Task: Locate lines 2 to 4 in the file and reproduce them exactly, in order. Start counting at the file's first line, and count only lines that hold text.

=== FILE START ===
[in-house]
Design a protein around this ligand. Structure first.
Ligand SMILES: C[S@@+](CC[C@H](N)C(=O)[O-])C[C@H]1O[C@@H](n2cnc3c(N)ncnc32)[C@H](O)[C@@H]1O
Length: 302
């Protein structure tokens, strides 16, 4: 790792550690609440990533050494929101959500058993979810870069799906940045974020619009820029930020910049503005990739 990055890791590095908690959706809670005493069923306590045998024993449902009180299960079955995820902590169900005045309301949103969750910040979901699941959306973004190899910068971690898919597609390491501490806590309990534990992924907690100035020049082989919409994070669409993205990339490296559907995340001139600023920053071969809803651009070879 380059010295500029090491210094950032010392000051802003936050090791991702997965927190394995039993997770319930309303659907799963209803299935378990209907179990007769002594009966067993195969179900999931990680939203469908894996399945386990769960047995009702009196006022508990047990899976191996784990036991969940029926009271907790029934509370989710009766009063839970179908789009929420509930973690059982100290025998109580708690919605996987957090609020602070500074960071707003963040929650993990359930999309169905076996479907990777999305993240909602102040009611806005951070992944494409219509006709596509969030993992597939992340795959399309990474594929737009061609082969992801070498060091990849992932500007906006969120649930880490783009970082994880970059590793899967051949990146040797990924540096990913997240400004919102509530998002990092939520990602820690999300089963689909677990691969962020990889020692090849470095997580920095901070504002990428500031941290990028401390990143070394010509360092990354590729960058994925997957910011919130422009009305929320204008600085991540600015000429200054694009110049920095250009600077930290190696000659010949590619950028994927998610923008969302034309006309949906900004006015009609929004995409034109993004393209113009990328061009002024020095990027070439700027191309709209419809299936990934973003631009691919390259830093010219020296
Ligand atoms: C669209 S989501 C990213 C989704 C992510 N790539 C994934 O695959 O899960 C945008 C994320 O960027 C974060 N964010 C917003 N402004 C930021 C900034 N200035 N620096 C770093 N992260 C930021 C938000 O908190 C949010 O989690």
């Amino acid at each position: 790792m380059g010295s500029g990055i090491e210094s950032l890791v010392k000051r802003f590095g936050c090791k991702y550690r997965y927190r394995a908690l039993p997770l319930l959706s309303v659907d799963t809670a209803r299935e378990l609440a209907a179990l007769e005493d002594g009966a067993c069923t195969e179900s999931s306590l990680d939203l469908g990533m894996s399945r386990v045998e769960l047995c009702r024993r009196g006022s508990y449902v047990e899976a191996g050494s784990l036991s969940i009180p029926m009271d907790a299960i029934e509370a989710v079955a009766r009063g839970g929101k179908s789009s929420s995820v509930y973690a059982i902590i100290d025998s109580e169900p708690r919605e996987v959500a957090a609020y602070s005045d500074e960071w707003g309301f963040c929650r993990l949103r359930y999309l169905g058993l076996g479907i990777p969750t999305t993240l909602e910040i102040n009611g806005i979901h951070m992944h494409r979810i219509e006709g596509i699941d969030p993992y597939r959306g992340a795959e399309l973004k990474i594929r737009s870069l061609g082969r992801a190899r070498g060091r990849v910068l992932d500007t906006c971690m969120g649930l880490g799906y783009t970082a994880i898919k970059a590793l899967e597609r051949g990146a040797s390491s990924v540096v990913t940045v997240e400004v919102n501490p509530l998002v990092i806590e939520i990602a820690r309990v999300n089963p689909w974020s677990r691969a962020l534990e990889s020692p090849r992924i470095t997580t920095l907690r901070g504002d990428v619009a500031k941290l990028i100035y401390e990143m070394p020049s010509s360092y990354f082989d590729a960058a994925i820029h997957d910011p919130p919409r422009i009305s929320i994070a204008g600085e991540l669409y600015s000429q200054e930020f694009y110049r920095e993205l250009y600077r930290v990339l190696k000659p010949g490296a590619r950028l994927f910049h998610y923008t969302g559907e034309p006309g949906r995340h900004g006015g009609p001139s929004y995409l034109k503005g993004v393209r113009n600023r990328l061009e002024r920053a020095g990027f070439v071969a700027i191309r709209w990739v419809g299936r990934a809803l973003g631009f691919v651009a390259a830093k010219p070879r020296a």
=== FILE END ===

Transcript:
Design a protein around this ligand. Structure first.
Ligand SMILES: C[S@@+](CC[C@H](N)C(=O)[O-])C[C@H]1O[C@@H](n2cnc3c(N)ncnc32)[C@H](O)[C@@H]1O
Length: 302